The European Securities and Markets Authority (“ESMA”) has published its Final Report on the Guidelines on funds’ names using ESG or sustainability-related terms (the “Guidelines”).  ESMA was provided with the mandates to develop guidelines on unclear, unfair or misleading fund names in the updated Alternative Investment Managers Directive[1] (“AIFMD”) and UCITS Directive, which are now in force.

We cover here the funds that are intended to be in scope of the Guidelines, what the Guidelines entail and their proposed timing.

From the outset, we note that Member States must implement the Guidelines and there is the potential that the approach to such implementation may vary in terms of how embedded they are in regulatory regimes and how strictly they may be applied.

Which funds are in scope?

All alternative investment funds (“AIFs”) that are managed by  EU alternative investment fund managers (“AIFMs”) alongside UCITS managed by UCITS management companies are in scope.  ESMA has estimated that around 1,702 EU-domiciled AIFs will be affected by the new rules.

The Guidelines do not directly address the applicability of non-EU managers marketing funds in the EU under the AIFMD’s national private placement regimes.  However, we do note that the mandate for ESMA to produce the Guidelines is in Article 23 of AIFMD, which covers the disclosures needed for investors for both EU AIFs and those marketed into the EU.  Further clarity on this position may be provided by local regulators in the Member States as we cover under “Are the Guidelines mandatory?” below.

What do the Guidelines require?

The Guidelines include thresholds for asset allocation and exclusionary criteria that varies dependent on the ESG or sustainability-related term used in the name.  We have summarised the Guidelines here:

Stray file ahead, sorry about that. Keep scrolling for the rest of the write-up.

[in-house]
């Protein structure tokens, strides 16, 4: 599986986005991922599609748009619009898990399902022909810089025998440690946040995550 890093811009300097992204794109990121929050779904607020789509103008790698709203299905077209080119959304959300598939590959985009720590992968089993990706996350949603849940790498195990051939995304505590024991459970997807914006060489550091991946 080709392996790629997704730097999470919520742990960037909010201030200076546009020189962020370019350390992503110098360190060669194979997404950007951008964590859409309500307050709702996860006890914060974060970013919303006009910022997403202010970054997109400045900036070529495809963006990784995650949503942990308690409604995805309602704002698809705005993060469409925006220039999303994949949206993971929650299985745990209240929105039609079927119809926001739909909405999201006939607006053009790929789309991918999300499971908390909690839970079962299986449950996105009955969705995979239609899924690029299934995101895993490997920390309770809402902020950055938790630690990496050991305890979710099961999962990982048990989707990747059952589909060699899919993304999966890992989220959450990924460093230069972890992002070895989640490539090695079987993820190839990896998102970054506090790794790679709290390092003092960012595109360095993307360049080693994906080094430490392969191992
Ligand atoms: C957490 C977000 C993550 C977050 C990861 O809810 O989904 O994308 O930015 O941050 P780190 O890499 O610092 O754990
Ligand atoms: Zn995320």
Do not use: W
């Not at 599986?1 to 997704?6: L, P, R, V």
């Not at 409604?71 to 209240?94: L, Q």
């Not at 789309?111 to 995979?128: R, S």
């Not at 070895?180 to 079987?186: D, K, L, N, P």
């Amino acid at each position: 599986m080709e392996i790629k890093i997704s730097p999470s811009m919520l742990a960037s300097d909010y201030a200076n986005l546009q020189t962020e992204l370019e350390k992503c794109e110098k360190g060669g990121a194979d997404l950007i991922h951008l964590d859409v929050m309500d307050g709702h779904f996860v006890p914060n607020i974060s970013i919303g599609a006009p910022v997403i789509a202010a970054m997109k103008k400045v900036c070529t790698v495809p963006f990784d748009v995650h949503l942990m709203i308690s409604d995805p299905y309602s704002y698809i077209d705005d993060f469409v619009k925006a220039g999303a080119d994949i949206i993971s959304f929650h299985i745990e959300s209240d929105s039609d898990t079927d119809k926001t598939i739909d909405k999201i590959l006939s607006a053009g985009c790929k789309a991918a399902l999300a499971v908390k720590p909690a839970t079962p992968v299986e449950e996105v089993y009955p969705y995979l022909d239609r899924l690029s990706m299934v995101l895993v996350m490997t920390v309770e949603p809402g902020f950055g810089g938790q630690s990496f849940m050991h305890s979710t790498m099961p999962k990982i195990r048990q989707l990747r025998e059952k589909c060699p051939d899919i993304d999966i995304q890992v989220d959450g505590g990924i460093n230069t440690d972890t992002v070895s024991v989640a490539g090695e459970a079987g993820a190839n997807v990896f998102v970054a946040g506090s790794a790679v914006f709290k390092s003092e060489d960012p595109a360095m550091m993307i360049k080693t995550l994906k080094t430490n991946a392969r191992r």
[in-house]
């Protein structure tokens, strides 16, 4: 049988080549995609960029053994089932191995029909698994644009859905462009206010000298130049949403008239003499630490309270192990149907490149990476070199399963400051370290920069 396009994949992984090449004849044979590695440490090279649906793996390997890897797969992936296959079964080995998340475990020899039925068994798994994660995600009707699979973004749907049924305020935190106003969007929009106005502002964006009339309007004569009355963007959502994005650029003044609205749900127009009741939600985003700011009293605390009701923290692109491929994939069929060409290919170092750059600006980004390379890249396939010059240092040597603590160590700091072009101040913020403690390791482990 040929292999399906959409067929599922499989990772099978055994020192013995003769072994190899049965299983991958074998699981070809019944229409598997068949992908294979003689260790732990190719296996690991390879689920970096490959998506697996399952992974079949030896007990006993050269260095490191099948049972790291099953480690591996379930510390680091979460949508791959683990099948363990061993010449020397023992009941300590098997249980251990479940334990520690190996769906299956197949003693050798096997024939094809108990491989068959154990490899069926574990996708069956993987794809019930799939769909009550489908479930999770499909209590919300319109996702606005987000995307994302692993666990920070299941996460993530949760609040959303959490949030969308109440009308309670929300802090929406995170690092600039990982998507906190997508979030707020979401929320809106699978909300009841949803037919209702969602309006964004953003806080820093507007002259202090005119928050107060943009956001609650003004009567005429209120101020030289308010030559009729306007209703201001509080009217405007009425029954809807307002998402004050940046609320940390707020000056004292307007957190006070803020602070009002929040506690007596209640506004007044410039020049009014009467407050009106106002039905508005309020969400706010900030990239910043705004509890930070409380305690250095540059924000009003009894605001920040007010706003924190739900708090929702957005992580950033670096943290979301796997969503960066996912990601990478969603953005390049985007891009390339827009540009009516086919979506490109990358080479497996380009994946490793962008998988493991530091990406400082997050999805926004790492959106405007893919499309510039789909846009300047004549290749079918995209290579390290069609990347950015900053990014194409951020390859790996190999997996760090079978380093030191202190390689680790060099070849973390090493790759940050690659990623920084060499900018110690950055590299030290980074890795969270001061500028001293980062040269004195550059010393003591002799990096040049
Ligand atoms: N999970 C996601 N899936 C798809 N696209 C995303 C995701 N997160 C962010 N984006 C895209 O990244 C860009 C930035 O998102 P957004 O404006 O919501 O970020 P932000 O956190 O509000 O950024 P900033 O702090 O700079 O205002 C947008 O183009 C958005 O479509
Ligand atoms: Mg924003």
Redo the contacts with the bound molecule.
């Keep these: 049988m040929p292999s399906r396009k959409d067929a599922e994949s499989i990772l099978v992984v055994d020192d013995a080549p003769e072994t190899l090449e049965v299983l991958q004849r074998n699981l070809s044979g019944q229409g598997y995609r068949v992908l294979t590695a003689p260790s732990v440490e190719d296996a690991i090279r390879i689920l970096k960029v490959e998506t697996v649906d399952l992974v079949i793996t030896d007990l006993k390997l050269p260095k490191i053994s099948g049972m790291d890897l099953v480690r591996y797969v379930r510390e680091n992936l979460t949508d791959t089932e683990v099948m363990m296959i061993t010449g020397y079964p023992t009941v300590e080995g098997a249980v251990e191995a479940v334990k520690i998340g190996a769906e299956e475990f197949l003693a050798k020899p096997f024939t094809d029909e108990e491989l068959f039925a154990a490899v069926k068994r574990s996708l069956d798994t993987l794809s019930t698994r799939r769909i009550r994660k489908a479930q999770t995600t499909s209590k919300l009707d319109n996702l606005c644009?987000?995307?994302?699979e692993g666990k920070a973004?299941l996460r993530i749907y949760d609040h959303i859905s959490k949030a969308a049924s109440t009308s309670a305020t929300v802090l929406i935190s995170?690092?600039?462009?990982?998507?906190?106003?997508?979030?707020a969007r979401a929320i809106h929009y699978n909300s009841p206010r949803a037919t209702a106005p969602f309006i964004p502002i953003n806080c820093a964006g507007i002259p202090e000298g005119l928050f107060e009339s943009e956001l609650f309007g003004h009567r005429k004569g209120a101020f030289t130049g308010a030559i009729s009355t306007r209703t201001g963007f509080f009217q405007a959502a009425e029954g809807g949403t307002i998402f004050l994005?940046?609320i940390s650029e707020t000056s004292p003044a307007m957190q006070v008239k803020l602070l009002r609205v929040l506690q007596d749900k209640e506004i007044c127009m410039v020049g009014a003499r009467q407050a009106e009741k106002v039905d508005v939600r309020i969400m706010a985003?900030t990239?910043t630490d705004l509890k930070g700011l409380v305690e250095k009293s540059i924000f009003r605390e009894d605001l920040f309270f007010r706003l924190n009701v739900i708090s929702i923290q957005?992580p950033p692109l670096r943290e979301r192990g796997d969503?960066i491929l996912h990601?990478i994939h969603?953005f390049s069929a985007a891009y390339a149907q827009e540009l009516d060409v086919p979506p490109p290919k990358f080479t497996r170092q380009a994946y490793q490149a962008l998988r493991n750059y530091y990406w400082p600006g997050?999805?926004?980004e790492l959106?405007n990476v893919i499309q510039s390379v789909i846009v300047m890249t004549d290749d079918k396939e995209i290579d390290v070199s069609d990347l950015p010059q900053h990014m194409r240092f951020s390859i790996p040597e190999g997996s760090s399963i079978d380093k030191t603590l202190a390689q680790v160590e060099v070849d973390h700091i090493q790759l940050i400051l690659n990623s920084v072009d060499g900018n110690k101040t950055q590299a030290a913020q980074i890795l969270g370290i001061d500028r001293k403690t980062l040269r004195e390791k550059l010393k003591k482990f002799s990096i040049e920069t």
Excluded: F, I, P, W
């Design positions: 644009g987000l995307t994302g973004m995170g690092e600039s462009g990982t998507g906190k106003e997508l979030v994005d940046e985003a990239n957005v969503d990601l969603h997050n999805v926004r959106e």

Description of key term used in nameAsset allocationExclusionary criteria
Transition-related*Any terms derived from the base word “transition” e.g. “transitioning”, “transitional” etc. and those terms deriving from “improve”, “progress”, “evolution”, “transformation”, “net-zero”, etc.80% of assets must be used to meet the environmental and/or social characteristics or sustainable investment objectives in accordance with the binding elements of the investment strategyExclusionary criteria under the EU Climate Transition Benchmark (“CTB”)[2] must be adhered to, covering:
– companies involved in any activities related to controversial weapons;
– companies involved in the cultivation and production of tobacco; and
– companies that benchmark administrators find in violation of the United Nations Global Compact (UNGC) principles or the Organisation for Economic Cooperation and Development. (OECD) Guidelines for Multinational Enterprises;
Social-relatedAny words giving the investor any impression of the promotion of social characteristics, e.g., “social”, “equality”, etc.
Governance-relatedAny words giving the investor any impression of a focus on governance, e.g., “governance”, “controversies”, etc.
Environmental-relatedAny words giving the investor any impression of the promotion of environmental characteristics, e.g., “green”, “environmental”, “climate”, etc. These terms may also include “ESG” and “SRI” abbreviations.80% of assets must be used to meet the environmental and/or social characteristics or sustainable investment objectives in accordance with the binding elements of the investment strategyIn addition to the CTB exclusionary criteria, the following must also be adhered to under the Paris Aligned Benchmark (“PAB”) provisions[3]:
– companies that derive 1 % or more of their revenues from exploration, mining, extraction, distribution or refining of hard coal and lignite;
– companies that derive 10 % or more of their revenues from the exploration, extraction, distribution or refining of oil fuels;
– companies that derive 50 % or more of their revenues from the exploration, extraction, manufacturing or distribution of gaseous fuels; and
– companies that derive 50 % or more of their revenues from electricity generation with a GHG intensity of more than 100 g CO2 e/kWh.